Beefs & Bouquets, Nov. 25

To submit a beef or a bouquet to the Nanaimo News Bulletin, e-mail editor@nanaimobulletin.com

B.C. Premier John Horgan, a Star Trek fan, can’t resist a Vulcan salute as he takes the oath of office for a second term in Victoria, Nov. 26, 2020. (B.C. government)
Horgan names 20-member cabinet with same pandemic team

New faces in education, finance, economic recovery

The Klahoose First Nation village on Cortes Island is under lockdown until further notice due to a positive COVID-19 test. Photo courtesy Kevin Peacey.
Cortes Island First Nation community locked down due to positive COVID-19 test

Klahoose First Nation has had one positive test, one other potential case

Gracie couldn’t stop nursing from her previous owner’s goats which was problematic given the goats were trying to be dried out to breed. Gracie now lives at A Home for Hooves. (Sarah Simpson/Citizen)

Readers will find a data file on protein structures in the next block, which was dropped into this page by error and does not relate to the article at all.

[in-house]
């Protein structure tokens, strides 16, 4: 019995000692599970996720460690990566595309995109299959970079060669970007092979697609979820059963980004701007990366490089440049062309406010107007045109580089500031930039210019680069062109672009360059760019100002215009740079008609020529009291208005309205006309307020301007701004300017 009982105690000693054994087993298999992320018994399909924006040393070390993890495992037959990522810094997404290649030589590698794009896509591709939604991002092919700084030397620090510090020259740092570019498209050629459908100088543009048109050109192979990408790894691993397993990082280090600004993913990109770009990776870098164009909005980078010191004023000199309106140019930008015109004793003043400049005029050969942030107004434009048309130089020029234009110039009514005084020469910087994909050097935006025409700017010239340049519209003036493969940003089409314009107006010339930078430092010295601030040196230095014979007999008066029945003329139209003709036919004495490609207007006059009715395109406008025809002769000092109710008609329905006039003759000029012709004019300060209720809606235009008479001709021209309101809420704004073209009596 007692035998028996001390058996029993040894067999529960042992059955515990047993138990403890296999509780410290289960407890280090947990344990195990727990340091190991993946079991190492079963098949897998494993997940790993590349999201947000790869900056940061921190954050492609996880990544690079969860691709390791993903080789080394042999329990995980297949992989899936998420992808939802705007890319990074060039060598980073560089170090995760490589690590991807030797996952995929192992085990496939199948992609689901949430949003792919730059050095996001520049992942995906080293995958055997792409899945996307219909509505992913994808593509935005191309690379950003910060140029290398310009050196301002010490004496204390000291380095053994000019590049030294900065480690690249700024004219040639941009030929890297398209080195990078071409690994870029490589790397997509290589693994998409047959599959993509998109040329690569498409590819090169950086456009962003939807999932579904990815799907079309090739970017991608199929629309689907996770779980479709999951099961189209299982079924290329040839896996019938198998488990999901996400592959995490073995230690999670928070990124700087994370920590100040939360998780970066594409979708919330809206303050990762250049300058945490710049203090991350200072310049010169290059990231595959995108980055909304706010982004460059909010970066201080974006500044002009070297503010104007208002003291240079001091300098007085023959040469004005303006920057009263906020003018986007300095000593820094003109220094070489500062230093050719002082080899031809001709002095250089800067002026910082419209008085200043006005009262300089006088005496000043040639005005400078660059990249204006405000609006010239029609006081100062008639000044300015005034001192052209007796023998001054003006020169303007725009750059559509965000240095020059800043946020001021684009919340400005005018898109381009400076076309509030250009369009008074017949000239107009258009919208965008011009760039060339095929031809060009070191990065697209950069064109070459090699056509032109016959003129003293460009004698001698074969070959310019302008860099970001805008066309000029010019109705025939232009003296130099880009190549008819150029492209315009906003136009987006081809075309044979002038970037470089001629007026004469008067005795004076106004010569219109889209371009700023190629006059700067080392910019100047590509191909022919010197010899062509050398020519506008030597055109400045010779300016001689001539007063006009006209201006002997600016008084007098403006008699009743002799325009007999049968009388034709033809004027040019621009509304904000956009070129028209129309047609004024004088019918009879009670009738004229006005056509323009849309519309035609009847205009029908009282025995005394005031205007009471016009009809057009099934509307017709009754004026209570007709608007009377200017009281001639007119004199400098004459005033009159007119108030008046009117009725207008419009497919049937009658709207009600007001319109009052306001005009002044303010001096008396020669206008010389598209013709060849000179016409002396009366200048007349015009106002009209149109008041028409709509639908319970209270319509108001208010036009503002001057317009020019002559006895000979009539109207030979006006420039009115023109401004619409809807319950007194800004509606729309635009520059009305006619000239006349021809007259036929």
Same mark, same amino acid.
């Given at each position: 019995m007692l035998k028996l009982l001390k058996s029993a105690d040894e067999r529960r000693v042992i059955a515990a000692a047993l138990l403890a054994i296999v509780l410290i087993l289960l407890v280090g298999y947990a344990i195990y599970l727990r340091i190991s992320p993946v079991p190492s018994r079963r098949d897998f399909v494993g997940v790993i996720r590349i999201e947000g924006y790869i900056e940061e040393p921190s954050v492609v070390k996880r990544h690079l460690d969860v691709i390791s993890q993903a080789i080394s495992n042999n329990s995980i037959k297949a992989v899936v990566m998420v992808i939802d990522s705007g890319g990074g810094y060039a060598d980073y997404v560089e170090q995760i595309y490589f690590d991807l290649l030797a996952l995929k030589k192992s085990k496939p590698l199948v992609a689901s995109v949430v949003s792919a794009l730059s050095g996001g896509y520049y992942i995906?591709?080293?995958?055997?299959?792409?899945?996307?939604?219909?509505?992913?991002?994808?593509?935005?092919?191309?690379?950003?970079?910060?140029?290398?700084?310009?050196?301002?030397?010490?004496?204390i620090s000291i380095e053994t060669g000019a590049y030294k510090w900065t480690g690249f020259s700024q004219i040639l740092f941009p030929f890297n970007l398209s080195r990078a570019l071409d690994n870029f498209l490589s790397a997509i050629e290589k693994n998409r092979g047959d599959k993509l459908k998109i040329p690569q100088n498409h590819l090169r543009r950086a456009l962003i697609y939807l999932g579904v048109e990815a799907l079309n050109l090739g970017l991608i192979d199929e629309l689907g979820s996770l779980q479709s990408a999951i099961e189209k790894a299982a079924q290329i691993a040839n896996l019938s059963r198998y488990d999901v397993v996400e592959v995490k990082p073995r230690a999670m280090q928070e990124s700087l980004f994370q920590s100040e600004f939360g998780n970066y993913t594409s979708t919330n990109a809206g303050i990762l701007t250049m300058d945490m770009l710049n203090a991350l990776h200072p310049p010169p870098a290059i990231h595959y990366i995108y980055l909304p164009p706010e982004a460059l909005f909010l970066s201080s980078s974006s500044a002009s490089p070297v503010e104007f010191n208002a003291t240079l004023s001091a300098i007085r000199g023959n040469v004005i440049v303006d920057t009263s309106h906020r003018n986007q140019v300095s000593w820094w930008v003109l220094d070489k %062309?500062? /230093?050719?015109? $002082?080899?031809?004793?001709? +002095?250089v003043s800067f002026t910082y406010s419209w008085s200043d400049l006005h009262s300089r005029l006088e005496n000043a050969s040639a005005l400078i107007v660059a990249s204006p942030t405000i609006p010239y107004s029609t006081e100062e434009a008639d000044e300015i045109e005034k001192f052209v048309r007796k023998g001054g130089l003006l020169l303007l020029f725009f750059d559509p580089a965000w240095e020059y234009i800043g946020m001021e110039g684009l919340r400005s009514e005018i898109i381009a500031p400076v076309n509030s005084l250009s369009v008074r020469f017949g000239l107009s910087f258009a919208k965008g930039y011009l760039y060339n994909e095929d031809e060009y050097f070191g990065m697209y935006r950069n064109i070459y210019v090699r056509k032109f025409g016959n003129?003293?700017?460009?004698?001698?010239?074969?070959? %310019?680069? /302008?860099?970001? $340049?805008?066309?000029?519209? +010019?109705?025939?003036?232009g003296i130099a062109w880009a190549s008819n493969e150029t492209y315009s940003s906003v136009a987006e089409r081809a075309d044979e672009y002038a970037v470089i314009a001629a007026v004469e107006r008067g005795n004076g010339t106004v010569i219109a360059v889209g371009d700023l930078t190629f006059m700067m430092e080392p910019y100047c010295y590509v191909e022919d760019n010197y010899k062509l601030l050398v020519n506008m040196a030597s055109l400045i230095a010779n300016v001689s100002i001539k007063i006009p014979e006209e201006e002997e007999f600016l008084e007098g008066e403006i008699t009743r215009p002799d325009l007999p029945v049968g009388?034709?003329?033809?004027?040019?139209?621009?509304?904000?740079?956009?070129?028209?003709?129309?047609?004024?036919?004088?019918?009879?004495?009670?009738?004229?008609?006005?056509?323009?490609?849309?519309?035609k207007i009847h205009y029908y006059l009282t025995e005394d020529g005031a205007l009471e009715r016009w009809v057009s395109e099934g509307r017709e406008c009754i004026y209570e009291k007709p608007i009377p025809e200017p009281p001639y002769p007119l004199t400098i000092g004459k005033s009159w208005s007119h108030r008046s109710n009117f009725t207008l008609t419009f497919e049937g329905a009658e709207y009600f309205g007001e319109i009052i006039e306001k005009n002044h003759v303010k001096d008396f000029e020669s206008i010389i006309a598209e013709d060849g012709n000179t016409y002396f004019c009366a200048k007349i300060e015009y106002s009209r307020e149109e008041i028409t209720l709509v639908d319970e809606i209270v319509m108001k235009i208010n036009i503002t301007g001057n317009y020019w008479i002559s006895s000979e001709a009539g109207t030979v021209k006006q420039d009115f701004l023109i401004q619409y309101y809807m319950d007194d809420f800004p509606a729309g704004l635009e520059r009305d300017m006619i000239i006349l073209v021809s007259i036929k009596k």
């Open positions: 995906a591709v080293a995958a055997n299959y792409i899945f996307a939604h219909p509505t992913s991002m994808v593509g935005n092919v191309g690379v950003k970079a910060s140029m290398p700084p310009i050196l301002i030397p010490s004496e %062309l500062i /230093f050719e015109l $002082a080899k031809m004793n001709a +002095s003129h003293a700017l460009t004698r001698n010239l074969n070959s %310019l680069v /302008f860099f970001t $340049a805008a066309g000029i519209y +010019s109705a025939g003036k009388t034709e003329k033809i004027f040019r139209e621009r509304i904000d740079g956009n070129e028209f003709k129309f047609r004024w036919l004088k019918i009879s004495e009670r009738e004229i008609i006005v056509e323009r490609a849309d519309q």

Cowichan animal sanctuary gets international accreditation

A Home for Hooves farm sanctuary accredited by the Global Federation of Animal Sanctuaries

Arthur Topham has been sentenced to one month of house arrest and three years of probation after breaching the terms of his probation. Topham was convicted of promoting hate against Jewish people in 2015. (Photo submitted)
Quesnel man convicted for anti-Semitic website sentenced to house arrest for probation breach

Arthur Topham was convicted of breaching probation following his 2017 sentence for promoting hatred

Most Read